Business Stories to Scope
- The new trend in cybercrime: Logging your keystrokes. The New York Times dissects it.
- In a tale of the cutthroat competition in business, Samsung hired one of the original designers of software for the iPod to create a competing device. (NY Times)
- Wal-Mart Stores has signed up a high-powered spokesman to fight back against critics: Andrew Young, former UN Ambassador and mayor of Atlanta. (Washington Post)
- The search engine wars remain hot. Ask.com has "fired" Jeeves, the cartoon butler who has served as it mascot for ten years. (Chicago Tribune)
- Notice an increase in graphics in your local weather report? There's a reason, according to the Boston Globe.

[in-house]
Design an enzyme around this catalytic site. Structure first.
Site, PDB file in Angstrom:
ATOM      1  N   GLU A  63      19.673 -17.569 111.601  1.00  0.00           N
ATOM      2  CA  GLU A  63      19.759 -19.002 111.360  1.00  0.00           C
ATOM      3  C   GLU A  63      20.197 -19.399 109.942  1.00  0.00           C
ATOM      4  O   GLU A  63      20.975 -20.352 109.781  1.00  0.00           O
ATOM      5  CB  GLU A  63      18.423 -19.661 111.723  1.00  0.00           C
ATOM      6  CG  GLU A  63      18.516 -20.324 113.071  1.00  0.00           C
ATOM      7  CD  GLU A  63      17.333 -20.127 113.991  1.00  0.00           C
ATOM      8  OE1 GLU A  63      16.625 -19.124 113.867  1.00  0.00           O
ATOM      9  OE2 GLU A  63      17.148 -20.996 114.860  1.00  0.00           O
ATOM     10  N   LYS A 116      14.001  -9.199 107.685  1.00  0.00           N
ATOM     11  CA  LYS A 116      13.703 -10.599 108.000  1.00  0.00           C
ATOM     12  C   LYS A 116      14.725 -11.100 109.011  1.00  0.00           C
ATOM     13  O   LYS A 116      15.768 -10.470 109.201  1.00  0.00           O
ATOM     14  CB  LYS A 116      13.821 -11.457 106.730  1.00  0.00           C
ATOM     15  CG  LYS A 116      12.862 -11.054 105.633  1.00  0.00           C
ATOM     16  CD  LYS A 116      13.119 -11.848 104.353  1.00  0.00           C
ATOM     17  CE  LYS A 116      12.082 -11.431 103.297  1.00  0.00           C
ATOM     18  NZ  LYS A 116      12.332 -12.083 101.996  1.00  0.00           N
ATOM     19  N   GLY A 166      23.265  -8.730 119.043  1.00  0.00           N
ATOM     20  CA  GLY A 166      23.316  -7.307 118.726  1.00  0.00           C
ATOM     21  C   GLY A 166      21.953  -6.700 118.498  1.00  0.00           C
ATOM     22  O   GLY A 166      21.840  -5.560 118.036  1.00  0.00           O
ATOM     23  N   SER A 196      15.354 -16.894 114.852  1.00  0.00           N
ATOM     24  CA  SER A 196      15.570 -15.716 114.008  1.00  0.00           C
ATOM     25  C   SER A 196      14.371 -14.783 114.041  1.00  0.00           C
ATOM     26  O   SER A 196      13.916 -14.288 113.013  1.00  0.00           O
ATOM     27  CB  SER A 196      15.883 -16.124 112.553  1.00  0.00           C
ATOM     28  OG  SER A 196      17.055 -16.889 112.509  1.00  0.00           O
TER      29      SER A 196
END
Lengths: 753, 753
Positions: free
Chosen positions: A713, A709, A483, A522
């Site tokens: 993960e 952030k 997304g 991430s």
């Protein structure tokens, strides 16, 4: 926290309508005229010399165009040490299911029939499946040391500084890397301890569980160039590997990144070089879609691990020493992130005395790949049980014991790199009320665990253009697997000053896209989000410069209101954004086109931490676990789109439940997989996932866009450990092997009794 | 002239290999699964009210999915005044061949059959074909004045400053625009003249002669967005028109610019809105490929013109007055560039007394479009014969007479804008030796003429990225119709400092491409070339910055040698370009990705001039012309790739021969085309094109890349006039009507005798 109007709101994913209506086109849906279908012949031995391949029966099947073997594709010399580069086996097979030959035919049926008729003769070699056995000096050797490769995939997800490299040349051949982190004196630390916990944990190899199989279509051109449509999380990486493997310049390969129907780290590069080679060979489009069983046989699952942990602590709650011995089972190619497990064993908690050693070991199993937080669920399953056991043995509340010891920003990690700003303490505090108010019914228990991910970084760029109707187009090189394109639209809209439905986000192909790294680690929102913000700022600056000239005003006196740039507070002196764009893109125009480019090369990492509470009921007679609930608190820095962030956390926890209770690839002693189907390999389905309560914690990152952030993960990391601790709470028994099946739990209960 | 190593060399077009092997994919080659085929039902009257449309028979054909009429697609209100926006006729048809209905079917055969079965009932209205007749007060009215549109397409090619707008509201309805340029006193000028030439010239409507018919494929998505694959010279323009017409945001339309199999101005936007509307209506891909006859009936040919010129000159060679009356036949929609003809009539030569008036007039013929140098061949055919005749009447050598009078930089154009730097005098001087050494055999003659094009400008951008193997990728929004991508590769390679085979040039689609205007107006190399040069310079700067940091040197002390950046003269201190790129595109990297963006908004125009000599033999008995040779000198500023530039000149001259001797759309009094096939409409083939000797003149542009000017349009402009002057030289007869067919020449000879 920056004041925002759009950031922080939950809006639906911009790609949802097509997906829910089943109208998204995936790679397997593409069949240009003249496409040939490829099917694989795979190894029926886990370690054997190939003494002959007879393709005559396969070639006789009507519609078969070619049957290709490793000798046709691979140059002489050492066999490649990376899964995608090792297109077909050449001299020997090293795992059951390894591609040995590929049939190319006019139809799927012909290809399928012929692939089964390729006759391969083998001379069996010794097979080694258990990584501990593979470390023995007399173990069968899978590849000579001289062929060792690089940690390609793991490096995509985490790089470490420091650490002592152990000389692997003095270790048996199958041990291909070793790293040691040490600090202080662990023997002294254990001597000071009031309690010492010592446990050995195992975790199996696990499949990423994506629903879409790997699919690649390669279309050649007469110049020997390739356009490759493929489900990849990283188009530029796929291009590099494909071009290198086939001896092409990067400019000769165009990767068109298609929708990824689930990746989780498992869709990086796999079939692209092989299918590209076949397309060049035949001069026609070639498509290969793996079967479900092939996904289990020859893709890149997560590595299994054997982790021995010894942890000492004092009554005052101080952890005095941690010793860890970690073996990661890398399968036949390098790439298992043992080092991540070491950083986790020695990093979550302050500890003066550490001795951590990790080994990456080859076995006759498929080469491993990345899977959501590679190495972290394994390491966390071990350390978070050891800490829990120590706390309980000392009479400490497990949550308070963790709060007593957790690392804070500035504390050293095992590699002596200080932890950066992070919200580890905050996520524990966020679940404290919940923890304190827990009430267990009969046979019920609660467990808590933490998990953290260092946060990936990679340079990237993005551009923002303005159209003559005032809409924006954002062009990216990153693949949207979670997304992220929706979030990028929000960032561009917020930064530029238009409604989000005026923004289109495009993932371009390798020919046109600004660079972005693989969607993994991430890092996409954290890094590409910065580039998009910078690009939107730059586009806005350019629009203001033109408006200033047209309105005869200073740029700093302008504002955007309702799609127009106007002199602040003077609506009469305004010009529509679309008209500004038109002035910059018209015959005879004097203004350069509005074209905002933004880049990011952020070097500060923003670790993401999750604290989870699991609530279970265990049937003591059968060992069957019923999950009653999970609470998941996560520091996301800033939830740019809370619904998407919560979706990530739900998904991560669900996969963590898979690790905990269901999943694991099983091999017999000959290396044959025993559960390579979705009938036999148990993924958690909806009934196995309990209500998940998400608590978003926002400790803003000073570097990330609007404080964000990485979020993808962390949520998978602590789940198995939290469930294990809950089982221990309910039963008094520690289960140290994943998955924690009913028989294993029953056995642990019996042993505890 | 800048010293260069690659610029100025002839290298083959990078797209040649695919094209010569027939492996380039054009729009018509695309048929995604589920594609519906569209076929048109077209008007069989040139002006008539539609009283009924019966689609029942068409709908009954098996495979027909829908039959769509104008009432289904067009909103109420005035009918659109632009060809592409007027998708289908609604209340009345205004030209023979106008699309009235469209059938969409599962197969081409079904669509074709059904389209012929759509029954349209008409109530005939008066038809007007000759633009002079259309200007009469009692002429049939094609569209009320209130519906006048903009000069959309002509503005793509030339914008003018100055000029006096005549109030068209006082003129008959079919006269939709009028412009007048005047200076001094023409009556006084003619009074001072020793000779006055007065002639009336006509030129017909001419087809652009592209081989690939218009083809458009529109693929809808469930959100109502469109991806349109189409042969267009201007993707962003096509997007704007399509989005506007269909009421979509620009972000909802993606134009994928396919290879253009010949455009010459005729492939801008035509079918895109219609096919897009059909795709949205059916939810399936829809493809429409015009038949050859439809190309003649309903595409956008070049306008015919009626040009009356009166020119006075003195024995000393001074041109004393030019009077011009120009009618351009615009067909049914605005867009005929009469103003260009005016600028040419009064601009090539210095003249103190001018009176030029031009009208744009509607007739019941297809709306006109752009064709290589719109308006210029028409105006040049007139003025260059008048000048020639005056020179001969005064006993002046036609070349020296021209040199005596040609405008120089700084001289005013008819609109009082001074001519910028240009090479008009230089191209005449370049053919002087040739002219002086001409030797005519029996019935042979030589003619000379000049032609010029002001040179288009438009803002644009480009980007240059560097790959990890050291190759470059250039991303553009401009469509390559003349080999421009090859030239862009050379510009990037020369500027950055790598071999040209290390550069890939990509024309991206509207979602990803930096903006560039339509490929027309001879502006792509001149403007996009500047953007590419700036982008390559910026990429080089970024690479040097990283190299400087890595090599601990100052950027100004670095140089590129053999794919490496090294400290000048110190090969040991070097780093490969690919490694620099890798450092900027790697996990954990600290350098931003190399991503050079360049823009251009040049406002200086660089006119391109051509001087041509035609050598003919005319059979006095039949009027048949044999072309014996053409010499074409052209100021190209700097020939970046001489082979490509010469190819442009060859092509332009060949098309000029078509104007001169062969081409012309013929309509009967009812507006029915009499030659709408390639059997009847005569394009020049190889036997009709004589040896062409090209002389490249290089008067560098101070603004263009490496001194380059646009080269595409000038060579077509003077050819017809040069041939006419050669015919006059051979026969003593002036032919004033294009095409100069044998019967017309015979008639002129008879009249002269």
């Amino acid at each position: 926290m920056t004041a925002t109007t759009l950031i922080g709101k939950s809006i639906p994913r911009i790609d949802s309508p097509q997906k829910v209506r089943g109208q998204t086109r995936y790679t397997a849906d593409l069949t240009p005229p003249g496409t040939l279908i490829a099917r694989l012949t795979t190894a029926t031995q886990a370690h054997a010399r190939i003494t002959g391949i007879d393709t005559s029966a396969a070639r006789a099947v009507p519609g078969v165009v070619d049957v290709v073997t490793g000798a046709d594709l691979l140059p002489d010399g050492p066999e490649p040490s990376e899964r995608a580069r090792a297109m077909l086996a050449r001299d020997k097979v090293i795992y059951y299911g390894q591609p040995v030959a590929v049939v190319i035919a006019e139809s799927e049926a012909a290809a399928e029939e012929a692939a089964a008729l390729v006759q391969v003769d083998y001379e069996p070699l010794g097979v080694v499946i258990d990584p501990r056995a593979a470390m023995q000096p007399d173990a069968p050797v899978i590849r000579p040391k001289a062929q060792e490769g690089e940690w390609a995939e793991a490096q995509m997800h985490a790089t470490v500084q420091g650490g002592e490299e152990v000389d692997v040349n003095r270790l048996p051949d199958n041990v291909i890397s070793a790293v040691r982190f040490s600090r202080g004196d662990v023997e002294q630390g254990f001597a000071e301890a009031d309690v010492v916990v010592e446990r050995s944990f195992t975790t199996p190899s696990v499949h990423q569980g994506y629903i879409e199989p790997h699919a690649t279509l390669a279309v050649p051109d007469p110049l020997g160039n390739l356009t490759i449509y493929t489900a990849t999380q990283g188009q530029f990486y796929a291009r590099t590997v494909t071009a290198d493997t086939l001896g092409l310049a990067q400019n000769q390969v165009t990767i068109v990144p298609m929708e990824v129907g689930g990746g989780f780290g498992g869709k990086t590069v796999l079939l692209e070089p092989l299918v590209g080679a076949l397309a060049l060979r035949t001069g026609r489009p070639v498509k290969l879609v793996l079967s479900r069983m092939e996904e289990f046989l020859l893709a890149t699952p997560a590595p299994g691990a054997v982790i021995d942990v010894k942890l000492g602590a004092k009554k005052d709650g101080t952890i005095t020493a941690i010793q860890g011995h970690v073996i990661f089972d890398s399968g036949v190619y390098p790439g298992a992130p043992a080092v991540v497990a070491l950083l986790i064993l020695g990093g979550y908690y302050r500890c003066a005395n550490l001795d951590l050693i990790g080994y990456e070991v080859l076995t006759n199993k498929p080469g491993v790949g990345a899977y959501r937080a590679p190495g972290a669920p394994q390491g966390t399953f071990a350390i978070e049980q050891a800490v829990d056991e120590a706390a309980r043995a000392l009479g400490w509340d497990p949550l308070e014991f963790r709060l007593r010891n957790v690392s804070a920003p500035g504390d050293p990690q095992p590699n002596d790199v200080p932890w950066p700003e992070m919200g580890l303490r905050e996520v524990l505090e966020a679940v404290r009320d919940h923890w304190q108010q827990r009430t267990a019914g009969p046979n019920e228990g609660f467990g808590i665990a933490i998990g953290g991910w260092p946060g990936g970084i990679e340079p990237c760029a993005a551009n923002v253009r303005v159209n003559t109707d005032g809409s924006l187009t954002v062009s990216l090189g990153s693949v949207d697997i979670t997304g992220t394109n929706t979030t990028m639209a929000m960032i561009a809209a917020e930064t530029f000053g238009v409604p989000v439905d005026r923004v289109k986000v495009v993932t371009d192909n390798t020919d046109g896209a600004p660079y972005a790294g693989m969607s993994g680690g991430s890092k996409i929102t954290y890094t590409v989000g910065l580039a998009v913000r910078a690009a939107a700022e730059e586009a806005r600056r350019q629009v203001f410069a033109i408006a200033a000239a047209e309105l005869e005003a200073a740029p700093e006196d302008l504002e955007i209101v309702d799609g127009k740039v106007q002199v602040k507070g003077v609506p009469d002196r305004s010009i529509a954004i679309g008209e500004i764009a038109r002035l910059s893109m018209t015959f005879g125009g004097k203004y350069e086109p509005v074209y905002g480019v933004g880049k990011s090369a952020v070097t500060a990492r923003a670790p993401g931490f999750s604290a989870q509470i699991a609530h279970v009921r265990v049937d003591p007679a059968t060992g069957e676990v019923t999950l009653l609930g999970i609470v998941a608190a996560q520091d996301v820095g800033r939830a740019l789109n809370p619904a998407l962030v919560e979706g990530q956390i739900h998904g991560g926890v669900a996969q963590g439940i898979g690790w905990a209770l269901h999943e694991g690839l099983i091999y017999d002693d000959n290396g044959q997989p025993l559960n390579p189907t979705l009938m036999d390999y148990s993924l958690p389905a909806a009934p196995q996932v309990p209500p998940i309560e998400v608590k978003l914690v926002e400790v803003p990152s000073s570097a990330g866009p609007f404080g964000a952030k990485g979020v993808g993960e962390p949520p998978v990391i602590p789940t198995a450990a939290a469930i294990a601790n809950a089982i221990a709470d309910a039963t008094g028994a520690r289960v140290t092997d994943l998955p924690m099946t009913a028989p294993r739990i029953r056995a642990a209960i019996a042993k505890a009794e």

- A Seattle-area company is playing a role in a program that could streamline airport check-ins. (Seattle Times.)
- Carl Icahn, who rattled a few cages at Kodak a few years ago, is fresh off a battle with Time Warner. He's now mobilizing against a Korean telecommunication company. Business Week asks: What does it mean?
- The Most Admired Company in America, chosen and ranked by Fortune, is a predictable one. It's General Electric. The list includes M&T Bank and Xerox, both of which have a significant presence here.
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